False Alarms Fines in New Orleans Are Going Up

Despite objections from local alarm companies, the City Council passed a new ordinance intended to curb false dispatches.

NEW ORLEANS – The City Council here has approved a new ordinance that will hike fines for false alarms in an effort to curb police dispatches to nuisance alarms.

According to The Times-Picayune, the council’s unanimous decision on June 18 reduces – from 10 to four – the number of false intrusion alarm calls necessary for the department to suspend its response, and streamlines the previous ordinance’s fine structure into three basic tiers:

• Written warning for first false alarm.
• $75 fine for second false alarm.
• $150 fine for third and fourth false alarm. Police will stop responding after the fourth alarm.

The false-alarm tally will reset each year, and property owners will have the opportunity to appeal penalties. The ordinance requires alarm monitoring companies to verify alarms – with the exception of panic or holdup alarms – before notifying police.

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Representatives of alarm companies and some residents opposed the measure, asking unsuccessfully for a delay of the council’s vote. 

For years, city officials and NOPD leaders have been aware of flaws in the false-alarm ordinance currently on the books, and a report last year from Inspector General Ed Quatrevaux identified false alarms as one of several areas of wasted manpower at the department, the newspaper reported.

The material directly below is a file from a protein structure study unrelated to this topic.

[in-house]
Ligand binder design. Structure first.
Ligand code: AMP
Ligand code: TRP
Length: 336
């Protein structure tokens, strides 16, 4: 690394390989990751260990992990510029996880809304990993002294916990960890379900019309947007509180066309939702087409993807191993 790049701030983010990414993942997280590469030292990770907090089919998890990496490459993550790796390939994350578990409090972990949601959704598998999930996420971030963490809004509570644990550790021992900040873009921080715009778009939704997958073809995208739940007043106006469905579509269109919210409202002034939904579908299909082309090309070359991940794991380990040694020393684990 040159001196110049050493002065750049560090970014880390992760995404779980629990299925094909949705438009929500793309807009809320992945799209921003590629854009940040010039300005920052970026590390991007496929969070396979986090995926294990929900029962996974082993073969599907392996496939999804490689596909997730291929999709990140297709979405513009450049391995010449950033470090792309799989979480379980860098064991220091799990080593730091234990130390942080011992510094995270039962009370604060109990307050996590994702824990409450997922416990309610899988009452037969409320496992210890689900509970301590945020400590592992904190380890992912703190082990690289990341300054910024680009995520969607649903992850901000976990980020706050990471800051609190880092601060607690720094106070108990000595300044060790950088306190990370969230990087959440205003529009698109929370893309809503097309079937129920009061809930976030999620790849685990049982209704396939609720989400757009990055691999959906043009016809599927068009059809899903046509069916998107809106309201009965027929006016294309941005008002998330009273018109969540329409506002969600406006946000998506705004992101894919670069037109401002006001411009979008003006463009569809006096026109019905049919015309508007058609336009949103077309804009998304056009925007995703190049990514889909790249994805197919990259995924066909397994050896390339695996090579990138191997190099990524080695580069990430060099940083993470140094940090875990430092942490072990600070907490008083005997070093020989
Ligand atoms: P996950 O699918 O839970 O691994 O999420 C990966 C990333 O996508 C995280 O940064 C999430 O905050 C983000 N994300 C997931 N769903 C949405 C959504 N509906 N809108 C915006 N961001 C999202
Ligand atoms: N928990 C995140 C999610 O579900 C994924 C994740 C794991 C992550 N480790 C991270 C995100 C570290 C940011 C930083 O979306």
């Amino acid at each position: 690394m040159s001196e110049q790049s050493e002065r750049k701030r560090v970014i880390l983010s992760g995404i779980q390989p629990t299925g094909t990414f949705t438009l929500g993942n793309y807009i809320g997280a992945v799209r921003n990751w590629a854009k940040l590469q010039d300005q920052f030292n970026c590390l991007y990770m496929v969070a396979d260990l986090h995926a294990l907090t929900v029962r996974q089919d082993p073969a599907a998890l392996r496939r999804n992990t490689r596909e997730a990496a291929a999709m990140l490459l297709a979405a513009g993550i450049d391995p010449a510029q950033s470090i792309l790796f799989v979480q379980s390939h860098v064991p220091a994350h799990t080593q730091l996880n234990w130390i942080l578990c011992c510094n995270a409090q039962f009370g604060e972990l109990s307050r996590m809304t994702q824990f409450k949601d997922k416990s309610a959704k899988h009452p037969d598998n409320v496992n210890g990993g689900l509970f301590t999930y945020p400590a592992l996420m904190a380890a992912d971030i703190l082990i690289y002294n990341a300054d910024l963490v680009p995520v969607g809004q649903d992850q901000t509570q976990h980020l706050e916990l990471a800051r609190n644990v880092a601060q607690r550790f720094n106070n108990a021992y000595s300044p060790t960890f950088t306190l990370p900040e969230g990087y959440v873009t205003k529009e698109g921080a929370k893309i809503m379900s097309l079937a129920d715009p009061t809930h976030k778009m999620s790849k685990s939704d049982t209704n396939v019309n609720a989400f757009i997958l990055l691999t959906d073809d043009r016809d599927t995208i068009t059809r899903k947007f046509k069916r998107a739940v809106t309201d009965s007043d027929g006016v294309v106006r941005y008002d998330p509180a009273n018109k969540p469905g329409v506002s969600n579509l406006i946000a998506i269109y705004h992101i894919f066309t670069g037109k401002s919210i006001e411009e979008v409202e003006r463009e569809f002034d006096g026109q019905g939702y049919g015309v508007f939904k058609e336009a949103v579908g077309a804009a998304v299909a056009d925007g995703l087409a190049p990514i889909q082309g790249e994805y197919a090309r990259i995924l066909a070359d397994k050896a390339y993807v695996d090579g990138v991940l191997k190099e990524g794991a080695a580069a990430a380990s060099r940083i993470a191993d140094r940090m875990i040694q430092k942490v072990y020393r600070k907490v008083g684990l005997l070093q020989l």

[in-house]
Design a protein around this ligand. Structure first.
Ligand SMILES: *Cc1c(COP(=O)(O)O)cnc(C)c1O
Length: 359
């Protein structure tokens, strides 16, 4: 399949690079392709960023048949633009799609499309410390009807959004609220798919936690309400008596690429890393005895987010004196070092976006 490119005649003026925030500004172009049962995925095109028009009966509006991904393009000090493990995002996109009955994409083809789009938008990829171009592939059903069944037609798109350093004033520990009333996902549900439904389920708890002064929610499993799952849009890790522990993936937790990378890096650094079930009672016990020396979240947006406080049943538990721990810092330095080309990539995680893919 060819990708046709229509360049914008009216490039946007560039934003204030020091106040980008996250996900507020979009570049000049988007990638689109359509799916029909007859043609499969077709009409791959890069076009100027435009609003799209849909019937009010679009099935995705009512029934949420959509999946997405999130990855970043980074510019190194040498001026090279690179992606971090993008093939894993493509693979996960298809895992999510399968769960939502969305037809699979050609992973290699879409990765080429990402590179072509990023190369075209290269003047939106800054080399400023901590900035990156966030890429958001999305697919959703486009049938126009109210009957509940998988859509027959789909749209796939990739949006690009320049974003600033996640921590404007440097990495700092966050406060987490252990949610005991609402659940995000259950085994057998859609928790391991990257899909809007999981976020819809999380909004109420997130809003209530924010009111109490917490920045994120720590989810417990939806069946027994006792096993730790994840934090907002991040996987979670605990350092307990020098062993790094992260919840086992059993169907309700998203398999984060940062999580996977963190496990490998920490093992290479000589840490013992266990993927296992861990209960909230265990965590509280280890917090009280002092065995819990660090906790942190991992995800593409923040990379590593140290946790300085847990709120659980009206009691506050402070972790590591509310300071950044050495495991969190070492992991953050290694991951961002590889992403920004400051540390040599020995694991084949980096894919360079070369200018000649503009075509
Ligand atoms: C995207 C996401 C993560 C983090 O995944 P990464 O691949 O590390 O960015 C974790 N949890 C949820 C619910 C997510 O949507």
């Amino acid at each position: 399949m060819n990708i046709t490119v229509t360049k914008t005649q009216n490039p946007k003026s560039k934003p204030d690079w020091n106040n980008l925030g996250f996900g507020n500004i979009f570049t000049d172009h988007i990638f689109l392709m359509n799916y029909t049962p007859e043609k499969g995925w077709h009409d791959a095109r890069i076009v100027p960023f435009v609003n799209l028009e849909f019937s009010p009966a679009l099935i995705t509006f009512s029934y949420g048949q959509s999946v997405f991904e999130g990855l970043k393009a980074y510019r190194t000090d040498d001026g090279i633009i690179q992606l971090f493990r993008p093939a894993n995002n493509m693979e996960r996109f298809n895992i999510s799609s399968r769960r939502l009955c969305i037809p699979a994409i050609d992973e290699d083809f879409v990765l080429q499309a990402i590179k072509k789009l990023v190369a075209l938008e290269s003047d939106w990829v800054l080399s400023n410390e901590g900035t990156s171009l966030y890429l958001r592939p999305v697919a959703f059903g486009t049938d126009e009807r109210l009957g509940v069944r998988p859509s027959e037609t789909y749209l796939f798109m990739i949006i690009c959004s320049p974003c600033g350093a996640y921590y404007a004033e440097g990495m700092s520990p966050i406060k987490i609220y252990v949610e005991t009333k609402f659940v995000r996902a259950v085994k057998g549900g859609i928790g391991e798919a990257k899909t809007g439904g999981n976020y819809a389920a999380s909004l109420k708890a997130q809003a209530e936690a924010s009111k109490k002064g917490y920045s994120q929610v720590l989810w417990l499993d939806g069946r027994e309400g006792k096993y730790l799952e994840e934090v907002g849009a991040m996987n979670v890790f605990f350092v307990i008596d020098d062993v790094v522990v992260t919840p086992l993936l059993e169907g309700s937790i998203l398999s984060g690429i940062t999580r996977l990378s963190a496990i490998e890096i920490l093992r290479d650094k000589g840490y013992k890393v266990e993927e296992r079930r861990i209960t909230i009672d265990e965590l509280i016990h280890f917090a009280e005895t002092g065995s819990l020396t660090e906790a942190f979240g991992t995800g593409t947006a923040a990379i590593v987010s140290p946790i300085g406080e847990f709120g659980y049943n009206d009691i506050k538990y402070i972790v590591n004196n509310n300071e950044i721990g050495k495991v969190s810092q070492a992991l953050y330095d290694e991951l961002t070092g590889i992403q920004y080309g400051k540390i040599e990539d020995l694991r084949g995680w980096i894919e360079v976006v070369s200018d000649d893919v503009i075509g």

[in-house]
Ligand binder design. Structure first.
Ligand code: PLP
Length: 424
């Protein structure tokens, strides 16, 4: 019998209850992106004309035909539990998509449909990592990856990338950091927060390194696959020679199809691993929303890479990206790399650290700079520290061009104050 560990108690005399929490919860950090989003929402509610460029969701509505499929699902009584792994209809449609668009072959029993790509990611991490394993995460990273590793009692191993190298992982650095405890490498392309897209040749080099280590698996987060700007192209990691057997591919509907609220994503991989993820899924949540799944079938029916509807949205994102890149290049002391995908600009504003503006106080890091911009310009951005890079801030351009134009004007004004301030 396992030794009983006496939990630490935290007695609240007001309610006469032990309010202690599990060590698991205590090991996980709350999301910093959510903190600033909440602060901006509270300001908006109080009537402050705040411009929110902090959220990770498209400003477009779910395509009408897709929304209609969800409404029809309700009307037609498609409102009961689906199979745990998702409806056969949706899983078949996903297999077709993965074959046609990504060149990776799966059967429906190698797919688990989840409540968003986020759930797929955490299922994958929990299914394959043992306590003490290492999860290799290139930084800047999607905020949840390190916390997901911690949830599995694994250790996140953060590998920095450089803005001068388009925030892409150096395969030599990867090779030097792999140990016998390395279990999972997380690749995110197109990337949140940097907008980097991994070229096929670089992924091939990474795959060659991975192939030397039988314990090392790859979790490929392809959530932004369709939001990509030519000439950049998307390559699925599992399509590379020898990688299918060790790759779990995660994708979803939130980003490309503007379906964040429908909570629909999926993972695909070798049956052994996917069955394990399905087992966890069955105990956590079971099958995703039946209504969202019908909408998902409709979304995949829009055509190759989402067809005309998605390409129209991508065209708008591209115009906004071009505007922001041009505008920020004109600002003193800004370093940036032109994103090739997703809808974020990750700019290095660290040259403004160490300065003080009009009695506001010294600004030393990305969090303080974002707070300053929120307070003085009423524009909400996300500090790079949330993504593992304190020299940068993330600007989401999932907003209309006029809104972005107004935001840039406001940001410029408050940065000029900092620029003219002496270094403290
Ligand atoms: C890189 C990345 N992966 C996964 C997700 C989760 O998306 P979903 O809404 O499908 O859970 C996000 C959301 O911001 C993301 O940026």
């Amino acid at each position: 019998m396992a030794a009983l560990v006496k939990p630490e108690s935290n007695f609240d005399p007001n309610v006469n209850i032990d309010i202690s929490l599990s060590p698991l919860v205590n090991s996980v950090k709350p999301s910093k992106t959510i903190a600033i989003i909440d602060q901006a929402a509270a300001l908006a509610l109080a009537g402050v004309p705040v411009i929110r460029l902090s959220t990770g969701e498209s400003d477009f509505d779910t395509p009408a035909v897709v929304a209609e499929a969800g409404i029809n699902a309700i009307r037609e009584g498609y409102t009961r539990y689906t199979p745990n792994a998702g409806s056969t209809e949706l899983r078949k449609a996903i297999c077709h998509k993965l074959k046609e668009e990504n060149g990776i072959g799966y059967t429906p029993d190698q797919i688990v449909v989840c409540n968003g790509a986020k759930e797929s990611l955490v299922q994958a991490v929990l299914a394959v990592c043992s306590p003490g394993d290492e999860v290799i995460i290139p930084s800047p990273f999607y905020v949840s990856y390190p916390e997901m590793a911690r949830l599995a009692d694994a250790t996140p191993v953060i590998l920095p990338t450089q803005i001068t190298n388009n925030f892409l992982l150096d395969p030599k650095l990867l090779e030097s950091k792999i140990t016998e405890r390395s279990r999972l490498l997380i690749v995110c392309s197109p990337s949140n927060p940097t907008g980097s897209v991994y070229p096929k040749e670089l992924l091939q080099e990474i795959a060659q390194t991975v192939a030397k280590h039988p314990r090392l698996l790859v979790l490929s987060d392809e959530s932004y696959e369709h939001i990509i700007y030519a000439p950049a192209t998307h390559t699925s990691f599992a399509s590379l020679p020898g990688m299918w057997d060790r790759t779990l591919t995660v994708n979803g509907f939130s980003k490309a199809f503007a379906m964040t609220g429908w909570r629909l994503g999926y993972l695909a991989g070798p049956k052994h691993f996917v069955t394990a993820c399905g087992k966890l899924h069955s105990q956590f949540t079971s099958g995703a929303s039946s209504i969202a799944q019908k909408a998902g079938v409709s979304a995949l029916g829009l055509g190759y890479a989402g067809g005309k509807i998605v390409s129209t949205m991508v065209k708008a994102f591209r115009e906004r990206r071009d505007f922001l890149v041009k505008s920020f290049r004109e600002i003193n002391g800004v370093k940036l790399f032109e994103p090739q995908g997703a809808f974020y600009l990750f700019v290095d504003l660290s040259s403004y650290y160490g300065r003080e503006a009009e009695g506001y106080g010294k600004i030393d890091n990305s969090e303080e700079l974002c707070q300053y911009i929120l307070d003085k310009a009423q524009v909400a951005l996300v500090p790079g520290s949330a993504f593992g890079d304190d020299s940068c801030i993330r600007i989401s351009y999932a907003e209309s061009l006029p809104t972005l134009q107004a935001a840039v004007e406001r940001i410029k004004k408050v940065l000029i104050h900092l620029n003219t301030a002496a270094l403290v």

About 11% of all NOPD service calls are for intrusion alarms, the department said, and the overwhelming majority of those calls (98.8%) turn out to be false.

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NOPD officers responded to roughly 48,000 false alarms last year, with about 5,300 addresses generating at least three false-alarm calls. City officials said the department spends about 12,000 staff hours and $400,000 in taxpayer dollars every year dealing with false alarms.

Officials estimate the proposed change, which is said to follow best practices from police departments across the country, should save the equivalent of six full-time officers and improve the department’s response times and proactive community policing efforts.

The ordinance proposal drew some pushback from alarm company representatives and residents, some of who urged the council to postpone its vote until more discussion is held on the ordinance’s potential public safety impacts, according to The Times-Picayune. But Councilman Jason Williams said the changes should free an understaffed police department to focus on improving public safety.

“Straight talk: We don’t have enough police,” Williams said during the June 18 meeting. “We aren’t going to have enough police for some time.”

The ordinance allows NOPD to hire a contractor to administer the program. Department spokesman Tyler Gamble said department plans to put out a request for proposals before selecting such a contractor, according to the newspaper.

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